During the months of September and October there are numerous topics of significance on which we can reflect. Beginning with Labor Day, where we all are provided a short respite from our work, we celebrate the worker.
The US Department of Labor comments on Labor Day:
“The vital force of labor added materially to the highest standard of living and the greatest production the world has ever known and has brought us closer to the realization of our traditional ideals of economic and political democracy. It is appropriate, therefore, that the nation pays tribute on Labor Day to the creator of so much of the nation’s strength, freedom, and leadership – the American worker.”
On September 11, 2001, 19 militants associated with the Islamic extremist group al-Qaida hijacked four airplanes and carried out suicide attacks against targets in the United States. FEW shall never forget the sacrifice, the sense of a united community and the brotherhood. 9/11 will always be a day to remember our purpose as public servants to our country. It is a day we reflect on how we as public servants place the interest of the country before our own and provide the very best support we can to the communities in which we serve.
In October we are reminded there are two subjects of enormous import: breast cancer awareness and domestic violence.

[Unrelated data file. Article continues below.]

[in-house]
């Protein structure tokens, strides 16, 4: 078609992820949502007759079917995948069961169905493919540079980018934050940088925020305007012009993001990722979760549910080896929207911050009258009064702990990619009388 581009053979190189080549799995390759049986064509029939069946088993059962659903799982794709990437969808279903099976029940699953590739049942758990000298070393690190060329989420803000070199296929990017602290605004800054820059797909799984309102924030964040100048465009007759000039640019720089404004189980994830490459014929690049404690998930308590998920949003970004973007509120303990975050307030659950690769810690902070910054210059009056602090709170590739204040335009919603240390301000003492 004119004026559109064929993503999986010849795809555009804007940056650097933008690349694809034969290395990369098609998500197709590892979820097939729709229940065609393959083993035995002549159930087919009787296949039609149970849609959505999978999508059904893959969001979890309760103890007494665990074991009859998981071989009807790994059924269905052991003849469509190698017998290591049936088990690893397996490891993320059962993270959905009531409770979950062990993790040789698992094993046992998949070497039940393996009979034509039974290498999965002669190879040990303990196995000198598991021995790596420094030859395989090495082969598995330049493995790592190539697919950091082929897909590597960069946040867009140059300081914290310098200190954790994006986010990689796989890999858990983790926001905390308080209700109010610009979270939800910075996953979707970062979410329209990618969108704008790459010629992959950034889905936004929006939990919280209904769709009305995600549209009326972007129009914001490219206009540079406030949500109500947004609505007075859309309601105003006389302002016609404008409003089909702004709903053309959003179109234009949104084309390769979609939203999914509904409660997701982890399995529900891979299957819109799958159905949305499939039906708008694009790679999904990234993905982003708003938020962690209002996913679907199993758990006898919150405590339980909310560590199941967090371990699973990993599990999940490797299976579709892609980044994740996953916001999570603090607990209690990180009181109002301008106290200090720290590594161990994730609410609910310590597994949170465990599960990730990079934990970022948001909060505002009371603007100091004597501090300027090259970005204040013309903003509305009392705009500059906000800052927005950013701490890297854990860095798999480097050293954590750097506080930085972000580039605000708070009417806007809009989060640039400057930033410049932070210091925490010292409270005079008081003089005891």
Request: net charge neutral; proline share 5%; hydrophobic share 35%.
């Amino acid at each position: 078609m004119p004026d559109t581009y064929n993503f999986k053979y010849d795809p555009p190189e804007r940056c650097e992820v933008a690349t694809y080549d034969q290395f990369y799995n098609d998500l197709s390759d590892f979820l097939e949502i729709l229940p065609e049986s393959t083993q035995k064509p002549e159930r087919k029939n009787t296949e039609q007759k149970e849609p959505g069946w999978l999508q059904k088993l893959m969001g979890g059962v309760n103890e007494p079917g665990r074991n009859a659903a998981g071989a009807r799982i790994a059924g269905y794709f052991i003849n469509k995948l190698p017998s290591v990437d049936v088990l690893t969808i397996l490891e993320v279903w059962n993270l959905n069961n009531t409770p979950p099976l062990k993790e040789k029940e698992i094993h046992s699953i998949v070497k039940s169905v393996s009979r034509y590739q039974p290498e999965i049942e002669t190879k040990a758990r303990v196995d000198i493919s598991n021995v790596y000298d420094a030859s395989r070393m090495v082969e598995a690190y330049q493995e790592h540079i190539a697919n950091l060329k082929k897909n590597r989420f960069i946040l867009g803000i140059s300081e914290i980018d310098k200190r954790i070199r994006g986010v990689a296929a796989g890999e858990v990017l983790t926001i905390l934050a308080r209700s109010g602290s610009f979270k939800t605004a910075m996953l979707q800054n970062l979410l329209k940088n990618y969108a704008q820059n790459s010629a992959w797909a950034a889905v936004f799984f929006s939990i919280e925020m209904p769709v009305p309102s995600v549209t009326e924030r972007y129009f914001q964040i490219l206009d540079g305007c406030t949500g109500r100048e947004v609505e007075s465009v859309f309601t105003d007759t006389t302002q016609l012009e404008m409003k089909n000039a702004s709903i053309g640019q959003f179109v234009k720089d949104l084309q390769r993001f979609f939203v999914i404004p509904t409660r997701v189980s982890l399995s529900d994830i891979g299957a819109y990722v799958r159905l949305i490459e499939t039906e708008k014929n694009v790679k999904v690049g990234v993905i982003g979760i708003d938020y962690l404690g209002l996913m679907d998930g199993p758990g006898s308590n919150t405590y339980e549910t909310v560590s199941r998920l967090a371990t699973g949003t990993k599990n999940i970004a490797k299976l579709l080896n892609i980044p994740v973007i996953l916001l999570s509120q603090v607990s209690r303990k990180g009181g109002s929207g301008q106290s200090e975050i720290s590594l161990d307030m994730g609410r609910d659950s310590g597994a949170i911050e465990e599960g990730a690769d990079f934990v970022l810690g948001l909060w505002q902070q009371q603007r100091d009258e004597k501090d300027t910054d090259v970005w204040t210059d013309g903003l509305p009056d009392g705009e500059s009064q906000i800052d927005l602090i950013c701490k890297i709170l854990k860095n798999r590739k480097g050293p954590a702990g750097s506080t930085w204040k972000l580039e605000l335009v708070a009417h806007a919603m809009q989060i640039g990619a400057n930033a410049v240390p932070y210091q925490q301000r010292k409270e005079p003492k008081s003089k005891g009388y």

Breast Cancer Awareness month is observed in many countries in October. The purpose is to increase attention and support for the awareness, early detection and treatment of breast cancer, the most common cancer in women world-wide. There are over 1.3 million new cases worldwide per year and close to half a million deaths from this disease.
Early detection is the cornerstone of breast cancer control. When detected early and when adequate diagnosis and treatment are available, there is a good chance of a cure. If detected late, chances for cure diminish.
In this month of October, be aware of your risk factors and schedule your mammogram!
Just as we continue to fight to find a cure for breast cancer, we must also battle domestic violence. The cost of domestic abuse is great and impacts the entire nation. Medical costs, criminal justice costs, lost earnings add up in addition to the costs of pain, suffering and lost quality of life. Domestic violence is violence or other abuse by one person against another in a domestic setting, such as in marriage or cohabitation. It may be termed intimate partner violence when committed by a spouse or partner in an intimate relationship against the other spouse or partner, and can take place in heterosexual or same-sex relationships, or between former spouses or partners. Domestic violence can also involve violence against children, parents, or the elderly. It takes a number of forms, including physical, verbal, emotional, economic, religious, reproductive, and sexual abuse, which can range from subtle, coercive forms to marital rape and to violent physical abuse such as choking, beating, female genital mutilation, and acid throwing that results in disfigurement or death. Domestic murders include stoning, bride burning, honor killings, and dowry deaths. Between a quarter and half of domestic violence victims report that they lost a job at least in part due to domestic violence. (National Network to End Domestic Violence)
We all must come together and continue to fight for the rights of the American worker, to fight against those who strive to undermine our country and its beliefs, to fight for a breast cancer cure, and to fight for an end to domestic violence. Together we can!